ODNR sends inspectors to examine earthquake site - WFMJ.com News weather sports for Youngstown-Warren Ohio

ODNR sends inspectors to examine earthquake site

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POLAND TWP., Ohio - The Ohio Department of Natural Resources has sent oil and gas inspectors to Poland Township, where five earthquakes were recorded this week.

"Our division of oil and gas has inspectors on the ground that have been out to the site several times after the events happened and then have gone back out a couple of times," Mark Bruce says, ODNR spokesperson.

Hilcorp Energy Company was asked to suspend all operations at its well near the epicenter of these tremors until further notice earlier this week. Hilcorp says it plans to work with ODNR.

One of Hilcorp's multiple wells near the epicenter of the earthquakes was in the process of fracking at the time of Monday morning's 3.0 magnitude tremor.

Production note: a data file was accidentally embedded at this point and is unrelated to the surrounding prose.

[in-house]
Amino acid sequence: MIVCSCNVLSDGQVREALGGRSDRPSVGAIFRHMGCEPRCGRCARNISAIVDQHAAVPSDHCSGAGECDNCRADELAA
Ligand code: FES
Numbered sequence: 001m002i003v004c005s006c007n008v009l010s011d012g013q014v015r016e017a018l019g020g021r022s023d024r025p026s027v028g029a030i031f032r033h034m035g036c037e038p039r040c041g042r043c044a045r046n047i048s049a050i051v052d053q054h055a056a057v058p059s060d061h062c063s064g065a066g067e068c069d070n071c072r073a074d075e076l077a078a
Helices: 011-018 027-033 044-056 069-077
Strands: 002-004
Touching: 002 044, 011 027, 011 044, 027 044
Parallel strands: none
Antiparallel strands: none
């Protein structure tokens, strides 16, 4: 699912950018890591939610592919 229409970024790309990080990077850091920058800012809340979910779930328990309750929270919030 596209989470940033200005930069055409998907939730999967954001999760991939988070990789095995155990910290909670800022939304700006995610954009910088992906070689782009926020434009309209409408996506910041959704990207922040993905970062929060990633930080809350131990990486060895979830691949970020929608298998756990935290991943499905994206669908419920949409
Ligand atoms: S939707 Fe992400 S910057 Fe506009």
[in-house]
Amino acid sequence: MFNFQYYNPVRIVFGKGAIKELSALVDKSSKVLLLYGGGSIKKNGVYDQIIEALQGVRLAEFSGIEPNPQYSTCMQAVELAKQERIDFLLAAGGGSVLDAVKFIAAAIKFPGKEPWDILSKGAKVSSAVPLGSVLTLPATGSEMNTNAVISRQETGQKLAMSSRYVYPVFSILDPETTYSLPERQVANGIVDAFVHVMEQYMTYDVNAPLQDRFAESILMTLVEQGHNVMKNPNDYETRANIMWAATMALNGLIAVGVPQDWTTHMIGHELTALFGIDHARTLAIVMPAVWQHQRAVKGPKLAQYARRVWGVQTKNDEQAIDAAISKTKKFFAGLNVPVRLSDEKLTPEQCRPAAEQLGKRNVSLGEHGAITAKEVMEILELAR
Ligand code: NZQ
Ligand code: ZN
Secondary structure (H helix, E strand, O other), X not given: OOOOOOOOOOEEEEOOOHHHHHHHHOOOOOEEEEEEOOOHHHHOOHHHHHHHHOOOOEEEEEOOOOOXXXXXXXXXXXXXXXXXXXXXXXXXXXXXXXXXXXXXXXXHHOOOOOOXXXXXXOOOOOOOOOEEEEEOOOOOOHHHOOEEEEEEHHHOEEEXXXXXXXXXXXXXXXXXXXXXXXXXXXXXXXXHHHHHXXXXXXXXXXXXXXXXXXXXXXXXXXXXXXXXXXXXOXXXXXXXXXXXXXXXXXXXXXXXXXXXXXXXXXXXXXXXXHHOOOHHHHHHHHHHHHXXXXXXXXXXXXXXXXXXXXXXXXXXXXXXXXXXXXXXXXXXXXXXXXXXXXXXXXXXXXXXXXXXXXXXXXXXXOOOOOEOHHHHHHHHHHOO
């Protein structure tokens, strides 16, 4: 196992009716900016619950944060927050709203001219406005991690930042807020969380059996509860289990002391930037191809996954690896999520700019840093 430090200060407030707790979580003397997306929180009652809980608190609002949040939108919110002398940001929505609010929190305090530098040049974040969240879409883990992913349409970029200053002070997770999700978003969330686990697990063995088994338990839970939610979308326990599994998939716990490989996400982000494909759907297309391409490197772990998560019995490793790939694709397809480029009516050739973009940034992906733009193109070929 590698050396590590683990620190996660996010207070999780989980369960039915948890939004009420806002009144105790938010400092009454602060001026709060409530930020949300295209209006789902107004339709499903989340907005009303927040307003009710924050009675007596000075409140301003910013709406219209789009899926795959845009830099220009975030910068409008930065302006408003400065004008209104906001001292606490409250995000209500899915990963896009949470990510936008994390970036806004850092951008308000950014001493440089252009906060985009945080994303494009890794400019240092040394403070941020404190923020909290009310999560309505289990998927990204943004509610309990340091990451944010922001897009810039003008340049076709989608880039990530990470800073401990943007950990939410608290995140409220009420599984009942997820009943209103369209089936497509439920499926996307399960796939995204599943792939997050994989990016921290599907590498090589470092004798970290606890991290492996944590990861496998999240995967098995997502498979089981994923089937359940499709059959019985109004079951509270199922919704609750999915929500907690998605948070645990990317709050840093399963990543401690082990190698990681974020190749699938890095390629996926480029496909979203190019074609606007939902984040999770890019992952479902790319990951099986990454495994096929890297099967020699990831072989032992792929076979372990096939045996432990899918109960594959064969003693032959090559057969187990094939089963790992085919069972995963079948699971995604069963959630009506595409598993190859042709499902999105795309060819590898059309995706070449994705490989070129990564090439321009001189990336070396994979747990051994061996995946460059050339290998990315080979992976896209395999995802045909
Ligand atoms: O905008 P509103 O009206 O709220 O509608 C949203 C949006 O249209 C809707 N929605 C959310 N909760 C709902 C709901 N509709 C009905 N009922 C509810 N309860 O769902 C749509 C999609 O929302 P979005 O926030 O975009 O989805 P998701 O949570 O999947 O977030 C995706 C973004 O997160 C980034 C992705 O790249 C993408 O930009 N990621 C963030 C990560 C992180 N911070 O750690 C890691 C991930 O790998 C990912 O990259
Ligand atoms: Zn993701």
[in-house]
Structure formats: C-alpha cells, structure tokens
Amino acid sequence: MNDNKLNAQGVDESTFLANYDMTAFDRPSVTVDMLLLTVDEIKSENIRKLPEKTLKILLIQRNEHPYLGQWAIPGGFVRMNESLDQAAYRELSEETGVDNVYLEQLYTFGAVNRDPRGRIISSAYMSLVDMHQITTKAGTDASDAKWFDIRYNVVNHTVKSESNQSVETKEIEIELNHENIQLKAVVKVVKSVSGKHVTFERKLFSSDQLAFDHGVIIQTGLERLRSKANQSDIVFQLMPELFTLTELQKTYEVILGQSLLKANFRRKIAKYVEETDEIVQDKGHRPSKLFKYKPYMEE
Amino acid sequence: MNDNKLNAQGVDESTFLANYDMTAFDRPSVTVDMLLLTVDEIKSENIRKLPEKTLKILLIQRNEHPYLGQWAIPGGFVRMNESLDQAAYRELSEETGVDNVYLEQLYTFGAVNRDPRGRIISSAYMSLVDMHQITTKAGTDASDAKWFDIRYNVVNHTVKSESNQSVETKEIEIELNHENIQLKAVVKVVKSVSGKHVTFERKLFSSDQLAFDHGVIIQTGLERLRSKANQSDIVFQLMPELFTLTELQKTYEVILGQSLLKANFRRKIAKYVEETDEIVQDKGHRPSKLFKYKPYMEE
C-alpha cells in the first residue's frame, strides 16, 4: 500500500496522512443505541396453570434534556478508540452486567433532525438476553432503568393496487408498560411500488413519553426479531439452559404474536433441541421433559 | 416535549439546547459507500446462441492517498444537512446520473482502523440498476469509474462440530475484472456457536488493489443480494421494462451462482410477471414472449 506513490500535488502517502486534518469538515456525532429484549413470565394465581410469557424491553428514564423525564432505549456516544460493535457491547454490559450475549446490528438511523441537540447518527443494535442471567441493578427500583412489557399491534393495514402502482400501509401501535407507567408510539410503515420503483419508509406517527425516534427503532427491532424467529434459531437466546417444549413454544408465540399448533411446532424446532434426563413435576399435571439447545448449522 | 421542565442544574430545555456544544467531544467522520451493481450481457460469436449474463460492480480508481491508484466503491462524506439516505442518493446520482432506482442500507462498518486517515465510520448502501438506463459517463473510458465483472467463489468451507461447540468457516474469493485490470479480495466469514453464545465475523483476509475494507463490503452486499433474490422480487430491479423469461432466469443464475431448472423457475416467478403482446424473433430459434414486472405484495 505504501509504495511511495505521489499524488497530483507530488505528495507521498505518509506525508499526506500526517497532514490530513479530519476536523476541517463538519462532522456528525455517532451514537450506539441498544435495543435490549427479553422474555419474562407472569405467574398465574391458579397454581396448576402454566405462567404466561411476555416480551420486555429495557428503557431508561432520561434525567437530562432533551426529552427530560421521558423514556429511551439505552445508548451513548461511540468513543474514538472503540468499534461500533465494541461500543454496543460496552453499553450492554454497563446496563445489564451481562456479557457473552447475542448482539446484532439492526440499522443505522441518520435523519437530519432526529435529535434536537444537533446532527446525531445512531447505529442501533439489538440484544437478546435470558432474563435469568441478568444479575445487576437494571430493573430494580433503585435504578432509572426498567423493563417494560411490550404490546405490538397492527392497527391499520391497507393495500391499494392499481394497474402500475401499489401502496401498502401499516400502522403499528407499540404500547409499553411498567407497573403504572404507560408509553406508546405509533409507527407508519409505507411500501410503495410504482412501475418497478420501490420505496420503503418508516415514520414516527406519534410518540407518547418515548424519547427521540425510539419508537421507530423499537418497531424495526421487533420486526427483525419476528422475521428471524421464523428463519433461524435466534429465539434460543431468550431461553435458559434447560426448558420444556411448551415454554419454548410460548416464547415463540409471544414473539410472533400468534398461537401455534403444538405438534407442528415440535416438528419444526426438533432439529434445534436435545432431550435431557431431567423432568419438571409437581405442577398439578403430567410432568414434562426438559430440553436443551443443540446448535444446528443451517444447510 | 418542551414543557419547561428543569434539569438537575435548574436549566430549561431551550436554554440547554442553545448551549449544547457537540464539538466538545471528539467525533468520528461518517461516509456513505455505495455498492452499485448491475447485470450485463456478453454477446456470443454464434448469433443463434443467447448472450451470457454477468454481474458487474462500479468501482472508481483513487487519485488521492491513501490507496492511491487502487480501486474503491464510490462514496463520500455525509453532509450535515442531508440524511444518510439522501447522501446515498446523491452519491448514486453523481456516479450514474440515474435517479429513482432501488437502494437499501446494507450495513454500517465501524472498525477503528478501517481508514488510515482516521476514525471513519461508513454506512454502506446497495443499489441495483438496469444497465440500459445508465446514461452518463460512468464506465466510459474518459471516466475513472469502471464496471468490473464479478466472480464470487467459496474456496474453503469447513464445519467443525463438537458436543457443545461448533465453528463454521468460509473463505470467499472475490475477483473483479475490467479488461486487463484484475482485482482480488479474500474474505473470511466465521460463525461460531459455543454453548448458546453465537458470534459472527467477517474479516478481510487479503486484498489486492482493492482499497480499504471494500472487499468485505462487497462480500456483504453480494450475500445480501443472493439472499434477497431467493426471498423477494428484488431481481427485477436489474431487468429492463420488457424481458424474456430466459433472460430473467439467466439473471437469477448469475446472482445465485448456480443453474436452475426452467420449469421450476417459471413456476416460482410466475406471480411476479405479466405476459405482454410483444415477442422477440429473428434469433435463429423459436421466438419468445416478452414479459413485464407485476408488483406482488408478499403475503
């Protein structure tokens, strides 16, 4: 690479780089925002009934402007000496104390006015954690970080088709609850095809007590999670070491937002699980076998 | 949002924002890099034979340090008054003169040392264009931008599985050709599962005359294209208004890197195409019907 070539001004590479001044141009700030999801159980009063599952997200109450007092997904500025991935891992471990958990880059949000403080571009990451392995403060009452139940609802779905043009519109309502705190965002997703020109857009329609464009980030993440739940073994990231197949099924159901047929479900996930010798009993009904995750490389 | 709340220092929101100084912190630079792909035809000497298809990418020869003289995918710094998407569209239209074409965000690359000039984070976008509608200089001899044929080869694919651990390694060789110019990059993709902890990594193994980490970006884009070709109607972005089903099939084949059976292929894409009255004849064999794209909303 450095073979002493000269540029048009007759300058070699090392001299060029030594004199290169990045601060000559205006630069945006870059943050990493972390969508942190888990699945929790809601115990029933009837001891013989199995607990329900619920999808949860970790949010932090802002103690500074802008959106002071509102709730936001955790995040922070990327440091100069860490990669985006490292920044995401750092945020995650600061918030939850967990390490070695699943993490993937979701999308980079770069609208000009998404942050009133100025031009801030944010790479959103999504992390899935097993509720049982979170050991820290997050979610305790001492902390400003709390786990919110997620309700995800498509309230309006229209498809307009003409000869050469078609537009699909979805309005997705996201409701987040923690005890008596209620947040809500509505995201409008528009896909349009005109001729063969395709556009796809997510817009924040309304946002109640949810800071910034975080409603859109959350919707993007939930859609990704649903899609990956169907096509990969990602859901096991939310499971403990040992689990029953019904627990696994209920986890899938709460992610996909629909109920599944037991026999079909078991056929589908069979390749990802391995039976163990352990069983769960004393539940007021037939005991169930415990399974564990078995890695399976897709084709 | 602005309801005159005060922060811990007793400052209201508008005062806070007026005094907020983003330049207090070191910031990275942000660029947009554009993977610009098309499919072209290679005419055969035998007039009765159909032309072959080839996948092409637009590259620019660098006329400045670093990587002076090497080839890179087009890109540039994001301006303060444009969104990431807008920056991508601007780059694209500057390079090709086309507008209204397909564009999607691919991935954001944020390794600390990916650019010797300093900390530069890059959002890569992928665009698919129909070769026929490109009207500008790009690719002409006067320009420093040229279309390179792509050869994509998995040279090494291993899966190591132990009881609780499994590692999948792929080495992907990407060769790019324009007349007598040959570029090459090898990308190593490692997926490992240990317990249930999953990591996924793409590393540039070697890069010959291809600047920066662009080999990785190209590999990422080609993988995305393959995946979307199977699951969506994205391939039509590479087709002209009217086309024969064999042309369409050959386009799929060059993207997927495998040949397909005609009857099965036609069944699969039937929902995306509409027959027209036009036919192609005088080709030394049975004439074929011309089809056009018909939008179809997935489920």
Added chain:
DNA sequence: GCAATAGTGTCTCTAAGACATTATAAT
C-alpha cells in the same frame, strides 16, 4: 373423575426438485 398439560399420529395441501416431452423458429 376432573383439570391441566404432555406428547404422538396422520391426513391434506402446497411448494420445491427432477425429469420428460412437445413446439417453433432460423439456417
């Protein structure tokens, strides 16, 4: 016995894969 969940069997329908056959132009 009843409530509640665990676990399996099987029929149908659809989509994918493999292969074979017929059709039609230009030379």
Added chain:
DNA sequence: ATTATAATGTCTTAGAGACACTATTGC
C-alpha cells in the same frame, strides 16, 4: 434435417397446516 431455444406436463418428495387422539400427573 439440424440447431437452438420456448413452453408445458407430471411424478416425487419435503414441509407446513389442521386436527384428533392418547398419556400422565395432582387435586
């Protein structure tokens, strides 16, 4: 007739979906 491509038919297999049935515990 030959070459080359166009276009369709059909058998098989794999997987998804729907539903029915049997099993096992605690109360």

"There was a hydraulic fracturing operation happening on one of the pads in the area," Bruce says. "Exact time frame and what was happening when, that's is all part of the data that we will be examining here moving forward."

Bruce says ODNR has 13 seismometer stations that monitor Mahoning and Trumbull counties.

Gathering data from the devices and the details of Hilcorp's operations, including data at the time of early Monday morning earthquake, are the first steps of the state's review process.

Members of Frack Free Mahoning Valley gathered outside Youngstown City Hall Wednesday afternoon to speak out against fracking in the area. Youngstown State University Professor Ray Beiersdorfer joined the group and called for ODNR to make the information it gathers from Hilcorp public record. 

Area oil and gas experts say they've not seen a credible study linking fracking to earthquakes.

"We have a lack of data for that here in the state of Ohio," Mike Chadsey says, spokesperson for the Ohio Oil and Gas Association. 

Chadsey says the association agrees with ODNR's decision to ask Hilcorp to halt its Poland Township operations until further studies can be done.

How much time the state may need to examine the seismic data is up in the air, as Bruce says ODNR has a number of questions and no specific timeline to complete its review.

 

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